Leading advisors on mergers and acquisitions are bracing for an extended slowdown in overall M&A activity over the short term, but do see some signs of activity for 2009, according to a new survey by international financial communications firm Brunswick Group.
More than two-third (69 percent) believe it will take up to five years to return to the level of M&A activity seen in 2007—up 28 percentage points from last year’s survey, reflecting increased pessimism about M&A in light of global economic conditions. But close to a third (29 percent) of respondents maintain there will be signs of recovery in “a year to 18 months,” down from 52 percent who shared that view in April 2008.
The second annual survey polled 59 of the M&A industry’s leading U.S. bankers, lawyers and other market participants on the year’s outlook and emerging trends.
Respondents cited two economic factors and one psychological factor as the top long-term challenges for M&A: lack of credit (39 percent), the slowing economy (26 percent) and lack of CEO confidence (26 percent). In addition, more respondents cited equity market decline as the greatest challenge facing the M&A market, up from 3 percent in the 2008 survey to 9 percent this year.
Asked about the likely impact of the stimulus package on the M&A landscape, respondents expressed cautious optimism. Forty-four percent believe the package will have a positive effect if the package is able to “restore confidence” and “ease credit.” Forty-six percent believe the package will have a neutral effect given doubts about whether it is sufficient and includes adequate “checks and balances to spur lending.” Ten percent of respondents thought the impact of the package would be negative.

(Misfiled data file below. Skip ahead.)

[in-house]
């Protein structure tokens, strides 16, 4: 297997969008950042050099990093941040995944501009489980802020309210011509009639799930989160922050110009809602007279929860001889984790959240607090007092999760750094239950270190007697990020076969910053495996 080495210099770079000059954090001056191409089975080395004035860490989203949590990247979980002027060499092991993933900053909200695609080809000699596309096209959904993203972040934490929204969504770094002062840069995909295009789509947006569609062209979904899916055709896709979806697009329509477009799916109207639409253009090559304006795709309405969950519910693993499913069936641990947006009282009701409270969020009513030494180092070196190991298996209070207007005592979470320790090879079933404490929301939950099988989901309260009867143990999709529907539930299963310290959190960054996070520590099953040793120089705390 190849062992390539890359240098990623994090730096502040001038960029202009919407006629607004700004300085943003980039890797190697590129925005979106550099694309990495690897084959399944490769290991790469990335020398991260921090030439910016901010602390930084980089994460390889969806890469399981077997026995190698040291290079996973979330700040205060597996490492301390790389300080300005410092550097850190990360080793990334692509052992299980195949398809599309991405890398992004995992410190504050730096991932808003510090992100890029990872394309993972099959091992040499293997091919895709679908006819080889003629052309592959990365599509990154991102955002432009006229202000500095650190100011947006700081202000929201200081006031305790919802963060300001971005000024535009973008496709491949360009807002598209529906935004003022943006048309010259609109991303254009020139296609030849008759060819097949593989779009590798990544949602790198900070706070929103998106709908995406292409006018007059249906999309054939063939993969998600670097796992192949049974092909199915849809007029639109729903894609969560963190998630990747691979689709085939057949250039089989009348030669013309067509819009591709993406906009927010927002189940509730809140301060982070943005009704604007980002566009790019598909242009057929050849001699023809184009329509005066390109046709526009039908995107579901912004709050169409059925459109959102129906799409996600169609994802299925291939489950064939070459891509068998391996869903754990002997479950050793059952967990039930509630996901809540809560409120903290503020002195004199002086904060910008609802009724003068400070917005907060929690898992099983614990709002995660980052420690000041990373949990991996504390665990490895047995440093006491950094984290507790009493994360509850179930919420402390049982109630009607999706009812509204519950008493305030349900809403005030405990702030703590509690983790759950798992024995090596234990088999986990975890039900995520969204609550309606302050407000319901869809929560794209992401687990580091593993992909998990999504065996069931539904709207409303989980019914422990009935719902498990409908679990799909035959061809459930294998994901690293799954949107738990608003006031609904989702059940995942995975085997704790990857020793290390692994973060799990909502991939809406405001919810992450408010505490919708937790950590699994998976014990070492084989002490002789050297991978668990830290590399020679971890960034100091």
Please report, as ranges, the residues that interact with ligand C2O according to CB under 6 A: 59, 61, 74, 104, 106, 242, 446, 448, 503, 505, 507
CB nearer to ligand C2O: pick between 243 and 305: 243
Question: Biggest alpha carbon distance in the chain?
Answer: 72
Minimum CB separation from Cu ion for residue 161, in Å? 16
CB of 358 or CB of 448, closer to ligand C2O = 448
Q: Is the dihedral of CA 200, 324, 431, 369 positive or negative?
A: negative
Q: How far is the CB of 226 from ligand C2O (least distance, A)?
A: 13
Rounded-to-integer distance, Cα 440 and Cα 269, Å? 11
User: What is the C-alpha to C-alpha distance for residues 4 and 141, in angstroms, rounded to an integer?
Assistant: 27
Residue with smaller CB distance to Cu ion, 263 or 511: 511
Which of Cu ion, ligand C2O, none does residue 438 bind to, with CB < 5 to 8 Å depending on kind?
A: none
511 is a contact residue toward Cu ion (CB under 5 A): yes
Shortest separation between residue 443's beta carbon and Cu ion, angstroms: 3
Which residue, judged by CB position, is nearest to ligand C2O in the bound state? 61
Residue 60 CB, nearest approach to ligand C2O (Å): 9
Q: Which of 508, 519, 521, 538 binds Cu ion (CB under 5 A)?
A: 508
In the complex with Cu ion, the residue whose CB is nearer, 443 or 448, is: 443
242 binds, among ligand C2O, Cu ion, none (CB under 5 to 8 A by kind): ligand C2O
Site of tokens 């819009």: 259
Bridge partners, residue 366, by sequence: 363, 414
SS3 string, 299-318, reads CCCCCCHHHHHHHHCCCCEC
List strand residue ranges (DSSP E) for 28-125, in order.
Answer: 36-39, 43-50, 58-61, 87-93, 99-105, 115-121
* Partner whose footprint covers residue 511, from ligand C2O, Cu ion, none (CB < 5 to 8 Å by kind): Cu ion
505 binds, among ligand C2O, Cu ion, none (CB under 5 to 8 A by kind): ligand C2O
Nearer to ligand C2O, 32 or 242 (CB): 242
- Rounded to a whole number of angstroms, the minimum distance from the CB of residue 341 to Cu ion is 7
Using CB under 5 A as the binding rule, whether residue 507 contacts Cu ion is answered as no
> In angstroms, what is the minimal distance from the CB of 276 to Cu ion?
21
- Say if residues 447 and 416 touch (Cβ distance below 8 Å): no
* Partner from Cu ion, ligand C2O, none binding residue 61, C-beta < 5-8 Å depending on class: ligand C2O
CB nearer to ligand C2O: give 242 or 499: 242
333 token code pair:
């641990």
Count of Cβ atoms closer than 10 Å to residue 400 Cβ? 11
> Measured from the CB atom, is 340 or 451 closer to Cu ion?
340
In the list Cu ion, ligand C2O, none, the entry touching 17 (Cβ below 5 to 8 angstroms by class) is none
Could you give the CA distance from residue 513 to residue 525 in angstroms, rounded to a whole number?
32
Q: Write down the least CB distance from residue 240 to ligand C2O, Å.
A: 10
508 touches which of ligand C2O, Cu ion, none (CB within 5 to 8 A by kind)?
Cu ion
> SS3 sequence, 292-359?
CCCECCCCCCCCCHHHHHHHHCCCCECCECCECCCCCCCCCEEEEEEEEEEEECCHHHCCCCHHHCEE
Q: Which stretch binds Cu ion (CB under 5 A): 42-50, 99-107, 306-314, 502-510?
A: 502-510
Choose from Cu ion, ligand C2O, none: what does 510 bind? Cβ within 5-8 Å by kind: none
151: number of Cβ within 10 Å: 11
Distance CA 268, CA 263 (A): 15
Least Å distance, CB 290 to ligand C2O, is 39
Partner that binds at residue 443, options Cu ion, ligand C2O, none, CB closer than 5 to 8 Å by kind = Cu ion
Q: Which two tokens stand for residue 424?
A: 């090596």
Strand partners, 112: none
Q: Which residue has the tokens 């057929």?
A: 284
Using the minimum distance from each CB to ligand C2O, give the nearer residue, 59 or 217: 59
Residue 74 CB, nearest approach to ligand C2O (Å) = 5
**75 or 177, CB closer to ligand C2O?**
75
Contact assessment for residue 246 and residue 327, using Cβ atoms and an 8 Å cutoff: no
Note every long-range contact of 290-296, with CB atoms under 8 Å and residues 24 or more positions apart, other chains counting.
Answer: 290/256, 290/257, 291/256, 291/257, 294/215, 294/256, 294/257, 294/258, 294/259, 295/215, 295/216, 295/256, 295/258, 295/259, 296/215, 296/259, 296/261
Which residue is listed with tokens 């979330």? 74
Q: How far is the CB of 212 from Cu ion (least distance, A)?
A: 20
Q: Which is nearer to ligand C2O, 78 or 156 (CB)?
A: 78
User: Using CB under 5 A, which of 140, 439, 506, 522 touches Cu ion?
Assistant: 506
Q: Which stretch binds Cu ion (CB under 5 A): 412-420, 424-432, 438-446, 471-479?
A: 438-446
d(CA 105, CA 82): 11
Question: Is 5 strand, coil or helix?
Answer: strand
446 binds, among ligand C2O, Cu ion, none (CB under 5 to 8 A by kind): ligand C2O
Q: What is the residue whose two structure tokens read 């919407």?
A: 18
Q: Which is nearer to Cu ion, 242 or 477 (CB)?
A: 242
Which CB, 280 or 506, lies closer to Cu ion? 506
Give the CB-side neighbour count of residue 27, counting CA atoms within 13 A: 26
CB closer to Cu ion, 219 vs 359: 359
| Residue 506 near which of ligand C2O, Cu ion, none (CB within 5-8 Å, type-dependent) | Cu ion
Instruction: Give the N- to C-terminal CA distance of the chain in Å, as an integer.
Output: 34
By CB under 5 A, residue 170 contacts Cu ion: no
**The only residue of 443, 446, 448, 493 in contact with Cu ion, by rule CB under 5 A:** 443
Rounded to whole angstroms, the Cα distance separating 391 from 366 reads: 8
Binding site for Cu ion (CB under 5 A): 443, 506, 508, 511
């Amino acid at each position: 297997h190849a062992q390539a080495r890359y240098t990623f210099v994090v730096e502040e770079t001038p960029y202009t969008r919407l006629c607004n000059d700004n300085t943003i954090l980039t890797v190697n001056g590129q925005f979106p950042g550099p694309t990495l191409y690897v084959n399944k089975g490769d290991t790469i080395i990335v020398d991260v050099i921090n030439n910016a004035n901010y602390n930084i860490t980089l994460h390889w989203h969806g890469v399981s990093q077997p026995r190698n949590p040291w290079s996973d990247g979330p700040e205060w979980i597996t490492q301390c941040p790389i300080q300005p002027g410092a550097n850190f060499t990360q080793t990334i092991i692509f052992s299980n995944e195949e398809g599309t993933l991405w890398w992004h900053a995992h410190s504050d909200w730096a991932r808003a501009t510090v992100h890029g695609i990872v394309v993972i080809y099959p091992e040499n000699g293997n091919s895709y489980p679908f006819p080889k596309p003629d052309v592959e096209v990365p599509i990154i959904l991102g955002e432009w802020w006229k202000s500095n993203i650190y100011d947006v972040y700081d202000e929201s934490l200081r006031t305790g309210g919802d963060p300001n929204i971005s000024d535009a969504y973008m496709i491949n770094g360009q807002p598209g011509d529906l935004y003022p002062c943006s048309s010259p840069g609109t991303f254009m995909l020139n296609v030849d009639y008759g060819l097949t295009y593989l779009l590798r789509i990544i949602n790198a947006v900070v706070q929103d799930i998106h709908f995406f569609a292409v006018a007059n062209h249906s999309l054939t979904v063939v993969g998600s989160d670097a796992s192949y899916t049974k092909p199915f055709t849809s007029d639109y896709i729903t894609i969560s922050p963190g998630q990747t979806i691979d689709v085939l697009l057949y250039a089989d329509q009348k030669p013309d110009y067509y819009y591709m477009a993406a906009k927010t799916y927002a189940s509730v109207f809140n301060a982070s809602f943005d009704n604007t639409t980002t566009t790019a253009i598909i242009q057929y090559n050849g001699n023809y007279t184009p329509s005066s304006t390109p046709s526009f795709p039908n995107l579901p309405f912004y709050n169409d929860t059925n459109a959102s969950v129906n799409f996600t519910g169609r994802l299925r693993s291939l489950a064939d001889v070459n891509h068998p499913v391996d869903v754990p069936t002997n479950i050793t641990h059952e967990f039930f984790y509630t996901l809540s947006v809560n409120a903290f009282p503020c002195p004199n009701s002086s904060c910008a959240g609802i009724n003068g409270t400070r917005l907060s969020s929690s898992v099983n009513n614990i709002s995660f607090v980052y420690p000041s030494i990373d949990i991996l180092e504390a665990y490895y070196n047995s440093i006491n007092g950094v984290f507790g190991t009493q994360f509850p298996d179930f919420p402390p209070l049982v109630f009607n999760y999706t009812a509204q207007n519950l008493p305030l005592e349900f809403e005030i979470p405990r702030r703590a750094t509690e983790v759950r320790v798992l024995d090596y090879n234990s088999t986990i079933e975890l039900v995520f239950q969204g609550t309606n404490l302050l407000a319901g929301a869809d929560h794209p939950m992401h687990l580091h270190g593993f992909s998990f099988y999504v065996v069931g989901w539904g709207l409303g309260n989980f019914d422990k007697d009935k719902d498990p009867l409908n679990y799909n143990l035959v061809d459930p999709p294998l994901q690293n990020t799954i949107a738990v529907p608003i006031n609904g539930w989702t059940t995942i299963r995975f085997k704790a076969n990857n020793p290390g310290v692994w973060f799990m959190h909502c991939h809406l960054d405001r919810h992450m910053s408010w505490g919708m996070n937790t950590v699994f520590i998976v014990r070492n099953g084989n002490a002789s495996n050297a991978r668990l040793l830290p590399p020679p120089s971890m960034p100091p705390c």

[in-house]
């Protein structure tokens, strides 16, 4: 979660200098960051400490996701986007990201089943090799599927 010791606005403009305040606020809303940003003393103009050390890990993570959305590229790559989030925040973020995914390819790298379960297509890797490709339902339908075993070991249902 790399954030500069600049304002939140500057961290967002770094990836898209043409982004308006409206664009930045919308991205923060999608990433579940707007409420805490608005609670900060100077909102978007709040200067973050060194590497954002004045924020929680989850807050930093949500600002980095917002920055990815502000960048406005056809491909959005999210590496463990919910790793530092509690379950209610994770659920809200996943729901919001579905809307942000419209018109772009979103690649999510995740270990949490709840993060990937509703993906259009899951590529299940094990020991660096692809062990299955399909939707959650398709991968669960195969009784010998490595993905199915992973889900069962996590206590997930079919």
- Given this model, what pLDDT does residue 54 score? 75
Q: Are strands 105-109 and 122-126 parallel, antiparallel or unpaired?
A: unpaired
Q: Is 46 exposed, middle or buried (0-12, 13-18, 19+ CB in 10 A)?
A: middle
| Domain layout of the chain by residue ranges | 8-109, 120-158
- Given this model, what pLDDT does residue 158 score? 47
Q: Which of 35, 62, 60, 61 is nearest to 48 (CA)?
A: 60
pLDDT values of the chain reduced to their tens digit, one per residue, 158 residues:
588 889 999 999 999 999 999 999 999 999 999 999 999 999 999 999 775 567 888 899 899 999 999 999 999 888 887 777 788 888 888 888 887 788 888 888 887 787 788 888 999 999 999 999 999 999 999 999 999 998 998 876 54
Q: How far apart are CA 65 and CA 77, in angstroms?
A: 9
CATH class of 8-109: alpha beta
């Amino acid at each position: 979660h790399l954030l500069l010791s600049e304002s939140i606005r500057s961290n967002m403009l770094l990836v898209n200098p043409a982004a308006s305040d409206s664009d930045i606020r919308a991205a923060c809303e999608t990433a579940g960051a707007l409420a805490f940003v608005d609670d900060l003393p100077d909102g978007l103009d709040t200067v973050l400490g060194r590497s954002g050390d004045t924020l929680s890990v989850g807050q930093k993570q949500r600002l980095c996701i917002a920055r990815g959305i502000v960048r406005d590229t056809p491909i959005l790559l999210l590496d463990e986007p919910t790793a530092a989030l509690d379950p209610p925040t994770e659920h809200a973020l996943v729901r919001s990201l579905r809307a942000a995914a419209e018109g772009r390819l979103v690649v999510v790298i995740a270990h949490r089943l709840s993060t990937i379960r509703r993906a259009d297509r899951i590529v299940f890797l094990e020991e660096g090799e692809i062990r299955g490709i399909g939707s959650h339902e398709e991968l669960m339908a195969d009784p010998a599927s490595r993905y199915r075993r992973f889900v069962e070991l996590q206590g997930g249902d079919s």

“While advisors caution that recovery will take time, the survey indicates some areas where we can expect activity in 2009,” says Steven Lipin, senior partner, Brunswick Group in New York. "Lower company valuations as well as the potential impact of the stimulus package on both credit and confidence could drive domestic deals, especially in the healthcare and financial sectors, and prompt unsolicited transactions.”
Overwhelmingly, advisors agree that lower valuations will likely spark an upsurge of unsolicited deals (88 percent agree; 12 percent disagree). In addition, they view the decline in global stocks as likely to put U.S. companies on the defensive. Fifty-six percent expect that U.S. companies will be “the hunted” while 44 percent are optimistic that they will be “the hunters.”
Domestic transactions are expected to dominate M&A in 2009, according to 79 percent of advisors. Only 2 percent believe that acquisitions will be led by U.S. acquirers outside of the U.S.; and 5 percent by private equity. Fourteen percent expect that foreign acquirers coming in to the U.S.—largely from Asia and Europe—will be driving activity.
Respondents had mixed views on whether economic conditions favor foreign acquirers. The strengthening U.S. dollar is unlikely to be a deterrent to foreign buyers, say sixty-three percent of respondents. Nevertheless, tight credit remains the major obstacle for all acquirers. Almost half of respondents, or 49 percent, believe credit restrictions remain tight, while 39 percent see signs of loosening. Topping the list of sectors considered ripe for consolidation are healthcare (25 percent), financial services (24 percent), energy (15 percent) and consumer goods/retail (14 percent).